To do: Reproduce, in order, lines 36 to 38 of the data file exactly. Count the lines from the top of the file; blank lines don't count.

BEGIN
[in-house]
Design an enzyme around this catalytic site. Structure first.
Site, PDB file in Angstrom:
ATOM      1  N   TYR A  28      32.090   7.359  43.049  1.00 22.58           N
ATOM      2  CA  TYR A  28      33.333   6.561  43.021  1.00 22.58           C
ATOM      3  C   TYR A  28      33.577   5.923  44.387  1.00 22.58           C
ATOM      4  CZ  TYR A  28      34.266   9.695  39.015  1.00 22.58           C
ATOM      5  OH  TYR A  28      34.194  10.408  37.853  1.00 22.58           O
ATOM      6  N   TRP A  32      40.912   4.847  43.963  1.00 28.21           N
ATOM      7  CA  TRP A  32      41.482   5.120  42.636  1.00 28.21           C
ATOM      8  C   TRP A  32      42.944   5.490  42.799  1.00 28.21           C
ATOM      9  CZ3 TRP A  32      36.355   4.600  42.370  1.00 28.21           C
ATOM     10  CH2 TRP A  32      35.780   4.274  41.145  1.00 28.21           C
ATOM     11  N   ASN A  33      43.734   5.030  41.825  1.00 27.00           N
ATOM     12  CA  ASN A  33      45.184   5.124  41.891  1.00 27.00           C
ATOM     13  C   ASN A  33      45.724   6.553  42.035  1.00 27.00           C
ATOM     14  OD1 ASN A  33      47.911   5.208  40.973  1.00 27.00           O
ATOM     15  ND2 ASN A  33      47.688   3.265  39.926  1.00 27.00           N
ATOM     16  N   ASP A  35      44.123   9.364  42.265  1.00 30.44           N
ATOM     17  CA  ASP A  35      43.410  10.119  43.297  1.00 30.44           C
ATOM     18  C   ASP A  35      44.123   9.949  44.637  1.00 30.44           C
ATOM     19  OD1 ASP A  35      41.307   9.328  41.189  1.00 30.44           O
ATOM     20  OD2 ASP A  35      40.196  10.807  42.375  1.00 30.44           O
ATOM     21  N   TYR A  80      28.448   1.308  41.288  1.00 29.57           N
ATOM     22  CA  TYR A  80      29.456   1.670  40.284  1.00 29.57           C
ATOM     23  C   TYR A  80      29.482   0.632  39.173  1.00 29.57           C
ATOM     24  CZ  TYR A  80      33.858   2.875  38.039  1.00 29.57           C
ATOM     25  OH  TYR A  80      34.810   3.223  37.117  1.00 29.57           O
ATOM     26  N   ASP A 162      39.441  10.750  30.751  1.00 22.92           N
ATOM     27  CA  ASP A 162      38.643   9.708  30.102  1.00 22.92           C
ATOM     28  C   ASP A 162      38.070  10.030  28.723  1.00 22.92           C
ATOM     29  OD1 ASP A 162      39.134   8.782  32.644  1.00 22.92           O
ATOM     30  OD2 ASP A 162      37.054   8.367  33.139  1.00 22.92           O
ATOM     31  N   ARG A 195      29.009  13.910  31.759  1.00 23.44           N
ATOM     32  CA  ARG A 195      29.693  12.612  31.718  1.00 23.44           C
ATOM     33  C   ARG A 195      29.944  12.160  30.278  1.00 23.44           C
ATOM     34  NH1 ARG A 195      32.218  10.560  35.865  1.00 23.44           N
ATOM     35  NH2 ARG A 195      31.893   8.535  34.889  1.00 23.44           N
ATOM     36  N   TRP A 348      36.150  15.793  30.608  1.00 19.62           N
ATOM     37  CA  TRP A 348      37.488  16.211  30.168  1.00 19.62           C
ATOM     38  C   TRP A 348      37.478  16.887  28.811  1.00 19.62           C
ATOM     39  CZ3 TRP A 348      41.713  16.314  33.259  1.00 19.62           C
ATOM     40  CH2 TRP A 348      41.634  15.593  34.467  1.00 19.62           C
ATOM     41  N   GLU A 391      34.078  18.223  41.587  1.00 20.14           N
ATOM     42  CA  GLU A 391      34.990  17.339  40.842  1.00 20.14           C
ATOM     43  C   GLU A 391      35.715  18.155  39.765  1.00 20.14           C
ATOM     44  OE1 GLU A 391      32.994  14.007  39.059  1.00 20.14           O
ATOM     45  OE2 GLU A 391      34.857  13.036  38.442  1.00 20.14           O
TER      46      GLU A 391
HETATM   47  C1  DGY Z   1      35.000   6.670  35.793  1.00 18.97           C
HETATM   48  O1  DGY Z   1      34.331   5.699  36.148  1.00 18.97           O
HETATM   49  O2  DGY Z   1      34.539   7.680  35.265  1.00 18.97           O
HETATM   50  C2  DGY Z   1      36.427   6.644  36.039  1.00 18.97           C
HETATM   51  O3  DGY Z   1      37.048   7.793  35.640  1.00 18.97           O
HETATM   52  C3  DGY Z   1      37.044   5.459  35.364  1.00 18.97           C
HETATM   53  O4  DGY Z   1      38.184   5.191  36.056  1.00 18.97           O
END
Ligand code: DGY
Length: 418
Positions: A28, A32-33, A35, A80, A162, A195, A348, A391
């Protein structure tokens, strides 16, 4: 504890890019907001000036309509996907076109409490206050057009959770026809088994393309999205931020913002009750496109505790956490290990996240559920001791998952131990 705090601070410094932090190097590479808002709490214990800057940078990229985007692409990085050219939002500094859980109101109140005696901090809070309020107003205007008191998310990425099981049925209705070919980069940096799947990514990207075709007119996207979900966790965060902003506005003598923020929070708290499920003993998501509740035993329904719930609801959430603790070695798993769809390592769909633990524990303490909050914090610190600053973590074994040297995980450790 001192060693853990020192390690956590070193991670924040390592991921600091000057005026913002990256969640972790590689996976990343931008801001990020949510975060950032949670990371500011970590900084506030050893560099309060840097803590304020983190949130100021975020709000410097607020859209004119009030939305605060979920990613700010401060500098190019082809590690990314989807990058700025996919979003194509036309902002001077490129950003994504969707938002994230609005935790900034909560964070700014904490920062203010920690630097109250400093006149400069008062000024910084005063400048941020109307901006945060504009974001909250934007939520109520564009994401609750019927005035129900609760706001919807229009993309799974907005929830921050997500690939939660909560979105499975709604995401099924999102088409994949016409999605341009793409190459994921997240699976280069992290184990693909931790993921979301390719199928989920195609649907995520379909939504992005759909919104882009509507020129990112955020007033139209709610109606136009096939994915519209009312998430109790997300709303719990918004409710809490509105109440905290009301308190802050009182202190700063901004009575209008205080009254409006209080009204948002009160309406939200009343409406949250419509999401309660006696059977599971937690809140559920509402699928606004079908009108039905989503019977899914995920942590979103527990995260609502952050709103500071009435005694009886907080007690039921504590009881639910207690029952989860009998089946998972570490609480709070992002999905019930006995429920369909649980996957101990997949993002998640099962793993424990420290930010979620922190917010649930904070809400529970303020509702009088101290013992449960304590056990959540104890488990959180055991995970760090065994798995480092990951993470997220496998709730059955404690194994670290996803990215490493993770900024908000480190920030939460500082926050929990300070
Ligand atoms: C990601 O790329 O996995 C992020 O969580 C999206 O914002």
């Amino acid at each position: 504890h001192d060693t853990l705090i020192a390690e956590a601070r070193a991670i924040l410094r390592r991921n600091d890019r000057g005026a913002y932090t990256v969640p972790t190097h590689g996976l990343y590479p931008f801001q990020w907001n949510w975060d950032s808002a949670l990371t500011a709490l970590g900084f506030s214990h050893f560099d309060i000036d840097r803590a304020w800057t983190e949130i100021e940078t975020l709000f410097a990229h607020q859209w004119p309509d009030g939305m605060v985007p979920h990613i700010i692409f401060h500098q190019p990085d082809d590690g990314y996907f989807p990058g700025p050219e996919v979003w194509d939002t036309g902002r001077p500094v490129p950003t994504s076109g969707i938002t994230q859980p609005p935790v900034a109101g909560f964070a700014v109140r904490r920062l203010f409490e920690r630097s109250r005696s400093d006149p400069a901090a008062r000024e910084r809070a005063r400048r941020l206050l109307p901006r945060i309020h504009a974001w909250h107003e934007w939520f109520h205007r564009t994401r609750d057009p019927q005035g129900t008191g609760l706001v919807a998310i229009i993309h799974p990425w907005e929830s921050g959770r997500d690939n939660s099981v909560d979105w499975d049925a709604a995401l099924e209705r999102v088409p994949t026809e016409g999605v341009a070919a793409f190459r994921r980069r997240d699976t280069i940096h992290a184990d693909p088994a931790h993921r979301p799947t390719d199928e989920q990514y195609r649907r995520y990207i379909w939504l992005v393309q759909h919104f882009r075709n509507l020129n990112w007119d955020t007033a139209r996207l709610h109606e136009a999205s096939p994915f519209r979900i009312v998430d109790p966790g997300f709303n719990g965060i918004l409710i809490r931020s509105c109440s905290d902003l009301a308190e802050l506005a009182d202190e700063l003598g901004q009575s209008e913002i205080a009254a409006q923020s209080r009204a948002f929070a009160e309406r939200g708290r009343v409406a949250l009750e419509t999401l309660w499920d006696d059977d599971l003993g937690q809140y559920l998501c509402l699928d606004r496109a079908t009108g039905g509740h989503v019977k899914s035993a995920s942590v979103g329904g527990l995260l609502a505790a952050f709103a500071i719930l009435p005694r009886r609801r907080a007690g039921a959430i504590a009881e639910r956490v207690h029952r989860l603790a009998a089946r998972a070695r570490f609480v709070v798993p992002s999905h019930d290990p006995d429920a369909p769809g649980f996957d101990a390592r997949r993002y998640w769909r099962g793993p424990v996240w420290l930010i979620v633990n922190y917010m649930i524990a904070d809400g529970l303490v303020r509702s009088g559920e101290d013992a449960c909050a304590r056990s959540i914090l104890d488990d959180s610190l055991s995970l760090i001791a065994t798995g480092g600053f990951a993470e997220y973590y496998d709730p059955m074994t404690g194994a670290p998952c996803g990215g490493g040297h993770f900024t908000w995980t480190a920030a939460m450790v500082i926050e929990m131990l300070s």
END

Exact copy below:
ATOM     33  C   ARG A 195      29.944  12.160  30.278  1.00 23.44           C
ATOM     34  NH1 ARG A 195      32.218  10.560  35.865  1.00 23.44           N
ATOM     35  NH2 ARG A 195      31.893   8.535  34.889  1.00 23.44           N